Auction Treasures

The other day, before the second lockdown, I placed some bids at the local auction house for three lots of photographs. Two of my bids were unsuccessful but the third bid made me the owner of a packet of assorted photographs which appear to be from the period (roughly) 1900 – to 1930. Having collected the photographs I was able to look at them more closely than I had been at the auction preview day. I already knew that some of the photos, whilst appealing, had nothing written on the reverse to offer a few clues, although quite a few did and are going to provide me with some fun researching in the coming weeks. Some of the photographs are mounted on card bearing the name of the photographer’s business, but one in particular caught my attention. It is mounted on plain card and on the reverse, someone had handwritten Photo Bee Belton, 6 Wellington Place N.W.1.

Intrigued, I thought I would attempt to identify Bee Belton. Was she the subject or the photographer?

The photo (centre above) looks as if it was taken in the 1920s or early 30s, so I popped Bee/Beatrice Belton Photographer into Google which took me to Photographers of Great Britain and Ireland 1840 – 1940 where I found several photographers named Belton listed including a Miss Beatrice (Bee) Belton.[i]

Having confirmed that Bee Belton was a photographer my next stop was the British Newspaper Archive where I found numerous examples of her work. The Graphic dated 1 May 1920 included an example of her work exhibited at the Camera Academy Exhibition of work by Professional Portrait Photographers entitled ‘For of Such is the Kingdom of Heaven’ a charming study of a small child with book on her lap, gazing upwards. The narrative accompanying the photos complimented ‘the technical standard of the highest level and the artistic quality had made a great advance on exhibitions of a similar kind before the days of the world-wide conflict.’ In 1927 another of her photographs was published in The Graphic. On this occasion it was of Mr Sidney Davis, the racing motorist who had won the Grand Prix d’Endurance with his co-driver John Benjafield.[ii] Nowadays we know this as the Le Mans 24 hours race.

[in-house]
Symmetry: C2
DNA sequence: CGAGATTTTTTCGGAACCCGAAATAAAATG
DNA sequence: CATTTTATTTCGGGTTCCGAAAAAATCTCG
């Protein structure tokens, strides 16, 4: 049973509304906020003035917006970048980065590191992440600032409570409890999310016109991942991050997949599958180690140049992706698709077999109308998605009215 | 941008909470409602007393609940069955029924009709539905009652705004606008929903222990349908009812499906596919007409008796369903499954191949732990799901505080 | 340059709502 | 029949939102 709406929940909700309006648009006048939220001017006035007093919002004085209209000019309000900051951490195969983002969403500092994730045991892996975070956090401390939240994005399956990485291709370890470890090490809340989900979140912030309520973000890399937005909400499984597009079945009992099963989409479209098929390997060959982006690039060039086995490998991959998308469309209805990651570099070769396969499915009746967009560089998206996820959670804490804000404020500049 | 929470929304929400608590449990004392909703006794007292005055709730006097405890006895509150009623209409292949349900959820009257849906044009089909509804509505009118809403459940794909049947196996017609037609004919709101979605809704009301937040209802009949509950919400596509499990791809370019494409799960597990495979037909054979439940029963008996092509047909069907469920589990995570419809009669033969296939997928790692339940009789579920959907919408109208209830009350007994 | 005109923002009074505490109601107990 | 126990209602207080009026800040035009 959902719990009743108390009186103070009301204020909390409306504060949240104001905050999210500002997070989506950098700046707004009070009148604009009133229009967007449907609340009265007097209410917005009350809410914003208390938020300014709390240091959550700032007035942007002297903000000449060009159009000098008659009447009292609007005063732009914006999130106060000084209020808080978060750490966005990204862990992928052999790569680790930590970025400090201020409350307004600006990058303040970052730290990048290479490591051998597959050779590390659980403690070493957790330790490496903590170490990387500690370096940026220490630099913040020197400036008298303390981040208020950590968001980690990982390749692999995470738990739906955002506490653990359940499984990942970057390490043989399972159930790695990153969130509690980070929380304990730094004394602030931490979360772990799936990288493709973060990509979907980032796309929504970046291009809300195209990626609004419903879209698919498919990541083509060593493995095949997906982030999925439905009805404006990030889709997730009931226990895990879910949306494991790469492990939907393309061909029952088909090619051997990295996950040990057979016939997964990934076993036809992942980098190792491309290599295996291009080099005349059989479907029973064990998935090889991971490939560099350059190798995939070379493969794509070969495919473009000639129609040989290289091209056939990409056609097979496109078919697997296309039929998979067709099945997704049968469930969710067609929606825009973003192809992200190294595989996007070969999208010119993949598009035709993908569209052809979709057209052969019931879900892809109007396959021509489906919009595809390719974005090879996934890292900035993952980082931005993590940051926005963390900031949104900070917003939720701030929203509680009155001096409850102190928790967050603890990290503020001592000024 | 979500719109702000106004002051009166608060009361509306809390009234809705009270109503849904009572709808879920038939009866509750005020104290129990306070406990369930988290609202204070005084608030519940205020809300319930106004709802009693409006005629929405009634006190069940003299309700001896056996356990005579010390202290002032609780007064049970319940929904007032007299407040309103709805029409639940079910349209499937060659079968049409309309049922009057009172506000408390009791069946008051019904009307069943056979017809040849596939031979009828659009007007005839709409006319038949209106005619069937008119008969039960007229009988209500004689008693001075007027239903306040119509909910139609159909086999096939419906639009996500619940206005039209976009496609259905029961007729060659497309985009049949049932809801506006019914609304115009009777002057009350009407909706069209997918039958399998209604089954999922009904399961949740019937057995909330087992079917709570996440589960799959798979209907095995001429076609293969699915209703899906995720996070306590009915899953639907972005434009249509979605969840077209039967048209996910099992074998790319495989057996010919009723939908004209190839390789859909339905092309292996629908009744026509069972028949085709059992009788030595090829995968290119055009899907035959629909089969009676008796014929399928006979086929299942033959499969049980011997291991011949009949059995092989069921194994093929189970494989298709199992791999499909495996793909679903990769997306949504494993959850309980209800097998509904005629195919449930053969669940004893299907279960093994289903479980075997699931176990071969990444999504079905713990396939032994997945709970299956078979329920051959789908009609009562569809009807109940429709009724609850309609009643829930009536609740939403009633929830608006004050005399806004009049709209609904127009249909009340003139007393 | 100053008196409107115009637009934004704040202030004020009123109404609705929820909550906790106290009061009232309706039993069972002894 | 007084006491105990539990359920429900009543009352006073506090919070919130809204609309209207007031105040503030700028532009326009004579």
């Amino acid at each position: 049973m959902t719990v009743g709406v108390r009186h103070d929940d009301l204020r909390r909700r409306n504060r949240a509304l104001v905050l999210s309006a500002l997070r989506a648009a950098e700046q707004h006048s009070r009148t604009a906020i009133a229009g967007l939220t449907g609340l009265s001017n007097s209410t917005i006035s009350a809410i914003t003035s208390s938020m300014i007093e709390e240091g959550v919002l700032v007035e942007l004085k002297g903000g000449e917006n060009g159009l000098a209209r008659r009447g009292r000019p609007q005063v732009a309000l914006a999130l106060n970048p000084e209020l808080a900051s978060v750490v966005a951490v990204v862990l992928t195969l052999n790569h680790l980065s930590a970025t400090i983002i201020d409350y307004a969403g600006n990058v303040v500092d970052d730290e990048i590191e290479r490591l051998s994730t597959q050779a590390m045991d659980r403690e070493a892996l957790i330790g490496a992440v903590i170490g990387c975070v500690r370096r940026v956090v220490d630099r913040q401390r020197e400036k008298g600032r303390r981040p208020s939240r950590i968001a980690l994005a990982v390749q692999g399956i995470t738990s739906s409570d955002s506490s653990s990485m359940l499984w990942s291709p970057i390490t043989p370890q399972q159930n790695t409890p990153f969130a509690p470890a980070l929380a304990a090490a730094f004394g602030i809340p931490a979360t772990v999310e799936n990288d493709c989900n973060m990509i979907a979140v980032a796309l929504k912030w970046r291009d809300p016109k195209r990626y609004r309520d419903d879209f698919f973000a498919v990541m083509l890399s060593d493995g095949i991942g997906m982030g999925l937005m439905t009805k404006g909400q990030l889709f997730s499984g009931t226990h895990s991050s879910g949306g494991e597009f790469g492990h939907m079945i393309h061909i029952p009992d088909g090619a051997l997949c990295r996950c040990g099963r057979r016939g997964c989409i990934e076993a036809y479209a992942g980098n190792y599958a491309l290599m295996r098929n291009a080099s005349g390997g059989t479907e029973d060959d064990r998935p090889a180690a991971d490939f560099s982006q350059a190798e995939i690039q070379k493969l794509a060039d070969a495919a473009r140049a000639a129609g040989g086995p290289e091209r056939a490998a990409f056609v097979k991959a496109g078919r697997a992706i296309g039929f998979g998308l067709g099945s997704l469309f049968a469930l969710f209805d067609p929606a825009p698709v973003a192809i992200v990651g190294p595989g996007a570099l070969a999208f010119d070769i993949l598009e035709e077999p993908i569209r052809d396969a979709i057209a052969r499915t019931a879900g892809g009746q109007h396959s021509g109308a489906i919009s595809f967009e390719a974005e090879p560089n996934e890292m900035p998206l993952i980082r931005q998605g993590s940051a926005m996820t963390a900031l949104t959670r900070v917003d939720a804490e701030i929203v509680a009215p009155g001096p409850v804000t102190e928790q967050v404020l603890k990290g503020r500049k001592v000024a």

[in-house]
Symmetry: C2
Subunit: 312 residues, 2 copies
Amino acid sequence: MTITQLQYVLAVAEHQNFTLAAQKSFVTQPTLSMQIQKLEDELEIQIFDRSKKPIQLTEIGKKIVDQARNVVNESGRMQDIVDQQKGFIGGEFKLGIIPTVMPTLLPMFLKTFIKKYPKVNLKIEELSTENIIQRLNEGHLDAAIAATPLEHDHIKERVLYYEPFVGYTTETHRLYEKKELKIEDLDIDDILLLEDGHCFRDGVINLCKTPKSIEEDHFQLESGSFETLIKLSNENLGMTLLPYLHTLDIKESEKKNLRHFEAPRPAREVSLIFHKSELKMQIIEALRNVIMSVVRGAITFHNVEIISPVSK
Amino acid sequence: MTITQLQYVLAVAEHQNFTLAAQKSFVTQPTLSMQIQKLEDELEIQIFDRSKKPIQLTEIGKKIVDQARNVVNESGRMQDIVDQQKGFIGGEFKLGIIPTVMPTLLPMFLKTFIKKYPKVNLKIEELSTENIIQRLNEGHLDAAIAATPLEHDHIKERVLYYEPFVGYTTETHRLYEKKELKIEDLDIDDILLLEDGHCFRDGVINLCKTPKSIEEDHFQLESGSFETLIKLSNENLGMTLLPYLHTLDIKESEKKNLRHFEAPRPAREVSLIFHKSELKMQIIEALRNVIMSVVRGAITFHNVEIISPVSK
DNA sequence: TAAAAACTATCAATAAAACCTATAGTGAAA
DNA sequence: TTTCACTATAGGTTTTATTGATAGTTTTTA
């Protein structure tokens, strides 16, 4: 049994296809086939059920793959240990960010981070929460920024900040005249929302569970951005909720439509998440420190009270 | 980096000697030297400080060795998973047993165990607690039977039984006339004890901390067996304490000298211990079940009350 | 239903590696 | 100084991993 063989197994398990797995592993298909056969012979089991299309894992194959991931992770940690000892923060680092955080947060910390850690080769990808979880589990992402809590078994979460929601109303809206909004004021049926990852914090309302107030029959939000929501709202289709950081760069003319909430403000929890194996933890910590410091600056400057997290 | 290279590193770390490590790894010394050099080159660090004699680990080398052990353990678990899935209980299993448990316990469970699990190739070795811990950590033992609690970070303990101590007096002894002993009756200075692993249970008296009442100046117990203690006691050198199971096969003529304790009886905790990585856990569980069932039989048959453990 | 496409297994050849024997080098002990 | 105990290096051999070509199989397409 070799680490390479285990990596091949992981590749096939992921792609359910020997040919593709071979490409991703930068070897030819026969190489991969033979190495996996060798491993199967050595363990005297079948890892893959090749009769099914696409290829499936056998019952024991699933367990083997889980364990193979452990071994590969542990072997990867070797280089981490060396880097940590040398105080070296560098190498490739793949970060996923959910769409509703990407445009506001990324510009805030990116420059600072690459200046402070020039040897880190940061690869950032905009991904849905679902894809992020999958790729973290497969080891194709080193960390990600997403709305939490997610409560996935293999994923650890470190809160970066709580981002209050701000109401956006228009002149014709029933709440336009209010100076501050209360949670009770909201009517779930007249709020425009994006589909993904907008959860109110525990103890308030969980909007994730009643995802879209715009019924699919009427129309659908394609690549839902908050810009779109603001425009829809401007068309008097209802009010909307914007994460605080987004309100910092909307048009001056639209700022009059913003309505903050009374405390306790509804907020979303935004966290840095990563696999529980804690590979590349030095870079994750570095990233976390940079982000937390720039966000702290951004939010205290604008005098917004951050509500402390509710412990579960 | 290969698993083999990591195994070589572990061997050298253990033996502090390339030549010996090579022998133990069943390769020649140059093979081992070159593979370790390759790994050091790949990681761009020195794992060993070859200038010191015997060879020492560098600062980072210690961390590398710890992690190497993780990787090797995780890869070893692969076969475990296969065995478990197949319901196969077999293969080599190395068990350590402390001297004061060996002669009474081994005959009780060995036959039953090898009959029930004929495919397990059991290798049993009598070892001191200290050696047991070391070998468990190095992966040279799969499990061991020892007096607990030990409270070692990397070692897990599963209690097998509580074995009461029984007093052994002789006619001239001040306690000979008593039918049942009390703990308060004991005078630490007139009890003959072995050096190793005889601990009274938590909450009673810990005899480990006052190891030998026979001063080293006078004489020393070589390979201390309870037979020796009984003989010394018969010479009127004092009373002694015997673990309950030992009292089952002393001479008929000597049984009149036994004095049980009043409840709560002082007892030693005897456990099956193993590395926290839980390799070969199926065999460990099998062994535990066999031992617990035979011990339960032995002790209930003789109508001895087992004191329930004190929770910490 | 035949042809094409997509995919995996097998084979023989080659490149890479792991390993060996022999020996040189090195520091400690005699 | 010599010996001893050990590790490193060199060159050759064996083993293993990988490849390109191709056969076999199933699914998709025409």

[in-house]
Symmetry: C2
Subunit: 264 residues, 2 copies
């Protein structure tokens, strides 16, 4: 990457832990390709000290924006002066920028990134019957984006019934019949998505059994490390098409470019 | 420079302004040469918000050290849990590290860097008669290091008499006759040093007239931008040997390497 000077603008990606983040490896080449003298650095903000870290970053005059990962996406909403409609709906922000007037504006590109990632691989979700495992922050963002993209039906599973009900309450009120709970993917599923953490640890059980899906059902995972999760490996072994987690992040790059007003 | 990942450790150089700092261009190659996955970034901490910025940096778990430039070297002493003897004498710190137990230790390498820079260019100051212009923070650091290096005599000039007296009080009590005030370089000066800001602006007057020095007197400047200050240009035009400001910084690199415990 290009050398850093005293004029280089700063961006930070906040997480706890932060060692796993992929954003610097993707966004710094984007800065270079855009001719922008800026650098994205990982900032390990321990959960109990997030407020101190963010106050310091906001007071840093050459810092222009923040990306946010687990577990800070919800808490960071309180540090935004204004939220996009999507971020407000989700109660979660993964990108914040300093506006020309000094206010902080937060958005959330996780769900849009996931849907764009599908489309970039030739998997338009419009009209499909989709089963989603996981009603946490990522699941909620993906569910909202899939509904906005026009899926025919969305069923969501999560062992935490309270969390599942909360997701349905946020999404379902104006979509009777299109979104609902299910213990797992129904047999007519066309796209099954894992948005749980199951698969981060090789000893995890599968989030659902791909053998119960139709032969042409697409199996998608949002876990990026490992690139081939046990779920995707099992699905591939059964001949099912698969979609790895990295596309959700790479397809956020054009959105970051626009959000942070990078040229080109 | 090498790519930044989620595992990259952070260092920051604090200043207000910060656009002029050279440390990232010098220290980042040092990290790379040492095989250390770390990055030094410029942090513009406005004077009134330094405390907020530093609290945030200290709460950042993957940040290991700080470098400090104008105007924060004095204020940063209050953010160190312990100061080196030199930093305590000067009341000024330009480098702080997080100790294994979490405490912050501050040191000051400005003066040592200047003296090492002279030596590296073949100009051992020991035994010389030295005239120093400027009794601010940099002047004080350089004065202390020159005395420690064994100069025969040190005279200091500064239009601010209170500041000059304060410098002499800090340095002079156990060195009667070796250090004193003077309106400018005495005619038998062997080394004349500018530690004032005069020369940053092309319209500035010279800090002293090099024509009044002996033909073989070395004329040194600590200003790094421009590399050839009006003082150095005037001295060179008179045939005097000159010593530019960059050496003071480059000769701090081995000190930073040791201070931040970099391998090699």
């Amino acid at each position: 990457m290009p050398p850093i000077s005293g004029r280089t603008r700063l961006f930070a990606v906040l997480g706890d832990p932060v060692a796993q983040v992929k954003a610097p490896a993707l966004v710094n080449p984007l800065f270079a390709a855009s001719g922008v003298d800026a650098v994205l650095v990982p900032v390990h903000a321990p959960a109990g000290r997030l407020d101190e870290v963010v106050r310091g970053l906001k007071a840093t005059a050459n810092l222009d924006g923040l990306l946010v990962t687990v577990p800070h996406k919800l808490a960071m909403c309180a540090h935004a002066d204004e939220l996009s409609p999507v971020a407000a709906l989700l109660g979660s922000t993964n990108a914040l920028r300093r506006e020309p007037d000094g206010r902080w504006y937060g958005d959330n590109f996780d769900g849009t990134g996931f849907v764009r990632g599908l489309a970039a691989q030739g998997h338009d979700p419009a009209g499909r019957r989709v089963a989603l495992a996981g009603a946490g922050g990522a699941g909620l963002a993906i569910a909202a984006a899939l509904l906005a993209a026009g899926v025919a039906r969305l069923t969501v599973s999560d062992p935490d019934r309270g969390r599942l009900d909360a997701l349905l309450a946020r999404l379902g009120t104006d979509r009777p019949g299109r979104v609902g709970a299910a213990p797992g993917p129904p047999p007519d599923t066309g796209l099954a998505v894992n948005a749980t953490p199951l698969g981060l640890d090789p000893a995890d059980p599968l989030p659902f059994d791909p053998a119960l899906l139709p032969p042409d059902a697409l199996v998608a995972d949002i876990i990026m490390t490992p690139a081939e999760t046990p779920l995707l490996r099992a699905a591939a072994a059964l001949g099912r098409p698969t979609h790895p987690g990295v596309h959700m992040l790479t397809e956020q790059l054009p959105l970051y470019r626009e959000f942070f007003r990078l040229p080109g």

Her work also appeared in the Gentlewoman in 1918, 1919 and 1920. The Sketch printed her work numerous times between 1913 and 1930. I can imagine that her work might appear in magazines such as Country Life, there were plenty of “engagement” photographs and twenty first birthday portraits. Her work also included portraits of young children and although she was a London based photographer, her work appeared in newspapers across the British Isles, including in Aberdeen. The last newspaper entry I have been able to locate for her was in 1938, when she advertised a Situation Vacant in the Hendon and Finchley Times on 30 September 1938 for ‘Young Girl to learn photography. Small salary 6 Wellington Place St John’s Wood.’

The National Portrait Gallery website has a portrait of the actress Julia Emilie Neilson, taken by Bee Belton and published by Beagles Postcards c 1910.[iii] Bee Belton named on my photograph was a well known Professional Portrait Photographer, and obviously had a society clientele, it was time to try and establish more about who she was.

Turning to Ancestry, Find My Past and Free BMD, and making an assumption that Bee Belton was indeed single, as suggested by the Photographers of Great Britain and Ireland 1840 – 1940 website, I identified a number of females called Beatrice Belton. Knowing she had work published in 1913, I limited my search area for a birth in the 1870 – 1890 period, and found an entry in an Electoral Roll for 1918 for 6 Wellington Place named Beatrice Hilda Belton, qualified to vote “by occupation”. As early as 1913 Bee Belton had her business listed in the London telephone directory as a Photographer and Miniaturist, Telephone: Hampstead 5304.[iv] I had found my lady.

Beatrice Hilda Belton’s birth was registered in the first quarter of 1882 in Kingston (Surrey) registration district. The General Register Office website confirmed that her mother’s maiden name was Taylor.

There were four Belton/Taylor marriages between 1873 and 1880, but the 1891 census has a Beatrice H Belton was living at 59 Upper Gloucester Place with her parents Frederick and Amelia and siblings Mabel E and Frederick H.[v] Father Frederick was a Corn dealer and employer. Both her brother Frederick and Beatrice were scholars. The marriage between Amelia Taylor and Frederick Belton took place in Wandsworth registration district in 1873. In the years following, Amelia gave birth to Beatrice’s siblings, Mabel Eliza in 1876, Frederick Harry in 1878 both births registered in Wandsworth registration district.